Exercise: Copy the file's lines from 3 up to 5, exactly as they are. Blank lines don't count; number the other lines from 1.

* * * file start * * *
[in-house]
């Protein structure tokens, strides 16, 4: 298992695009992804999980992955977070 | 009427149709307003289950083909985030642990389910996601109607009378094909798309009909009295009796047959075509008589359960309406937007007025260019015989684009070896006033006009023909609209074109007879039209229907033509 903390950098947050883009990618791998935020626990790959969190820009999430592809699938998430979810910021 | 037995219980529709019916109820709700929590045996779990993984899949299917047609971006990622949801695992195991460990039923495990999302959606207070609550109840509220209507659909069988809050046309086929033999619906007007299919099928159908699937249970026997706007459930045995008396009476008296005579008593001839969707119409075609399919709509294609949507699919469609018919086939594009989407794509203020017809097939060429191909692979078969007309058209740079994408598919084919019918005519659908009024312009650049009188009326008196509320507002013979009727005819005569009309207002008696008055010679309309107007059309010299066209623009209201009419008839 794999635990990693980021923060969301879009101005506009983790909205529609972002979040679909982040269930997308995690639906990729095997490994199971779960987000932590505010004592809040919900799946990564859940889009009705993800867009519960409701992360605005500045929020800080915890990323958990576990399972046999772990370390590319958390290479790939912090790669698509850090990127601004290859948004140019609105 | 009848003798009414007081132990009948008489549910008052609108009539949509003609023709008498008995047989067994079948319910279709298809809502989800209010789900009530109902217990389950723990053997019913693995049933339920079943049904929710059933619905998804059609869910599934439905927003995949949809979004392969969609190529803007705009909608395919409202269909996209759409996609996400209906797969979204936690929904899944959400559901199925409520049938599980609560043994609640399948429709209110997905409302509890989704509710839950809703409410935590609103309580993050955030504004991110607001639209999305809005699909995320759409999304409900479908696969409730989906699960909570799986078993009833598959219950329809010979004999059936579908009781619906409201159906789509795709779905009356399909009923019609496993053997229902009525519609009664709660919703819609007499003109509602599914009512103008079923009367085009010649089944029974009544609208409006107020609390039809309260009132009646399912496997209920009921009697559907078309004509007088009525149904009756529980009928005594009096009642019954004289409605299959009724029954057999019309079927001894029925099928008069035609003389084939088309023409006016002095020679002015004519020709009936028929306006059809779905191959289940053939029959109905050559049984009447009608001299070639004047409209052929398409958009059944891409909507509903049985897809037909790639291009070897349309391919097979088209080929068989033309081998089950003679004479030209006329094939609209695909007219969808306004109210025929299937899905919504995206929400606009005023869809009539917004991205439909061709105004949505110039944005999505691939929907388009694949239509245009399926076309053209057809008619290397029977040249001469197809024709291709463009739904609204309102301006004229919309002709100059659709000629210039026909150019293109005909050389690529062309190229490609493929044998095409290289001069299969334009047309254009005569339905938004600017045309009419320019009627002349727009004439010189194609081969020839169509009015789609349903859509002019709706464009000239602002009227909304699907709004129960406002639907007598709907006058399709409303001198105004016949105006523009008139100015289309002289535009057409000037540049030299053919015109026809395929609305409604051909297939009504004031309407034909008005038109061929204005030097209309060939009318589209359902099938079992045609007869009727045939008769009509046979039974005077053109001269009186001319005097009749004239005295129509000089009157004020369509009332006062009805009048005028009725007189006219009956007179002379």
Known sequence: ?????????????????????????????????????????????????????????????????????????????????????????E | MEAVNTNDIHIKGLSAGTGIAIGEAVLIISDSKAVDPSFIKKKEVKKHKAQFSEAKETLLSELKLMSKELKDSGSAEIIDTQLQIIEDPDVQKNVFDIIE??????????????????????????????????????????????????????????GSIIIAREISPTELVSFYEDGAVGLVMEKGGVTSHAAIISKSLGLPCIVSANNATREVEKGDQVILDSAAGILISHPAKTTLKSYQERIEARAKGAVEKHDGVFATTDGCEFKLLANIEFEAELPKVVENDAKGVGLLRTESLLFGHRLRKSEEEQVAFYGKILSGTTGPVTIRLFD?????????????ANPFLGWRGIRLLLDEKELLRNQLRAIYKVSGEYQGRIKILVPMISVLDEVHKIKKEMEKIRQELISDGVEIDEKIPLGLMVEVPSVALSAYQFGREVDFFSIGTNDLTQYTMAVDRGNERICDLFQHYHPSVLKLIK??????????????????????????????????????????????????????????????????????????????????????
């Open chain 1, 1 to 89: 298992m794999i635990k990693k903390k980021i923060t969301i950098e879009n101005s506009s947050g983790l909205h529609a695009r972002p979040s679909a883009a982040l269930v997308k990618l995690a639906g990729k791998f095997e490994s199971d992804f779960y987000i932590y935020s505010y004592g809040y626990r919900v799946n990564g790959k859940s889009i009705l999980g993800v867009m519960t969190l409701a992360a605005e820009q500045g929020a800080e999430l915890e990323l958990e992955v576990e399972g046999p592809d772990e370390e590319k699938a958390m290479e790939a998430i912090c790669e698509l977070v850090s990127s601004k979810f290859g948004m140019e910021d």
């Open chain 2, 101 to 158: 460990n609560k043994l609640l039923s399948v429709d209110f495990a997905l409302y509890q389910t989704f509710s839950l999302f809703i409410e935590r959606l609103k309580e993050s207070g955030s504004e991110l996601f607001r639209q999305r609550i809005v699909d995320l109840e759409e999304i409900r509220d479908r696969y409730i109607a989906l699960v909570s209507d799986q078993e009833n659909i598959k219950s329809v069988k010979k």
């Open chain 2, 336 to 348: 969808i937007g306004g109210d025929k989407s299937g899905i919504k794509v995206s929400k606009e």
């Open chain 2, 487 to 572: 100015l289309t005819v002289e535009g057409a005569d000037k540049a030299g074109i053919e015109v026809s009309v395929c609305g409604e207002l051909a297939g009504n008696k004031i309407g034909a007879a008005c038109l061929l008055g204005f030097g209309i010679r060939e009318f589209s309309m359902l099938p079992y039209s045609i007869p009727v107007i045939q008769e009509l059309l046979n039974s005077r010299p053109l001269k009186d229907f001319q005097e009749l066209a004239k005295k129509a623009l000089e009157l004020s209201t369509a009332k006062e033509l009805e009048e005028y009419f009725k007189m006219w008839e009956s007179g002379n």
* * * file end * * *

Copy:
Known sequence: ?????????????????????????????????????????????????????????????????????????????????????????E | MEAVNTNDIHIKGLSAGTGIAIGEAVLIISDSKAVDPSFIKKKEVKKHKAQFSEAKETLLSELKLMSKELKDSGSAEIIDTQLQIIEDPDVQKNVFDIIE??????????????????????????????????????????????????????????GSIIIAREISPTELVSFYEDGAVGLVMEKGGVTSHAAIISKSLGLPCIVSANNATREVEKGDQVILDSAAGILISHPAKTTLKSYQERIEARAKGAVEKHDGVFATTDGCEFKLLANIEFEAELPKVVENDAKGVGLLRTESLLFGHRLRKSEEEQVAFYGKILSGTTGPVTIRLFD?????????????ANPFLGWRGIRLLLDEKELLRNQLRAIYKVSGEYQGRIKILVPMISVLDEVHKIKKEMEKIRQELISDGVEIDEKIPLGLMVEVPSVALSAYQFGREVDFFSIGTNDLTQYTMAVDRGNERICDLFQHYHPSVLKLIK??????????????????????????????????????????????????????????????????????????????????????
């Open chain 1, 1 to 89: 298992m794999i635990k990693k903390k980021i923060t969301i950098e879009n101005s506009s947050g983790l909205h529609a695009r972002p979040s679909a883009a982040l269930v997308k990618l995690a639906g990729k791998f095997e490994s199971d992804f779960y987000i932590y935020s505010y004592g809040y626990r919900v799946n990564g790959k859940s889009i009705l999980g993800v867009m519960t969190l409701a992360a605005e820009q500045g929020a800080e999430l915890e990323l958990e992955v576990e399972g046999p592809d772990e370390e590319k699938a958390m290479e790939a998430i912090c790669e698509l977070v850090s990127s601004k979810f290859g948004m140019e910021d």
């Open chain 2, 101 to 158: 460990n609560k043994l609640l039923s399948v429709d209110f495990a997905l409302y509890q389910t989704f509710s839950l999302f809703i409410e935590r959606l609103k309580e993050s207070g955030s504004e991110l996601f607001r639209q999305r609550i809005v699909d995320l109840e759409e999304i409900r509220d479908r696969y409730i109607a989906l699960v909570s209507d799986q078993e009833n659909i598959k219950s329809v069988k010979k």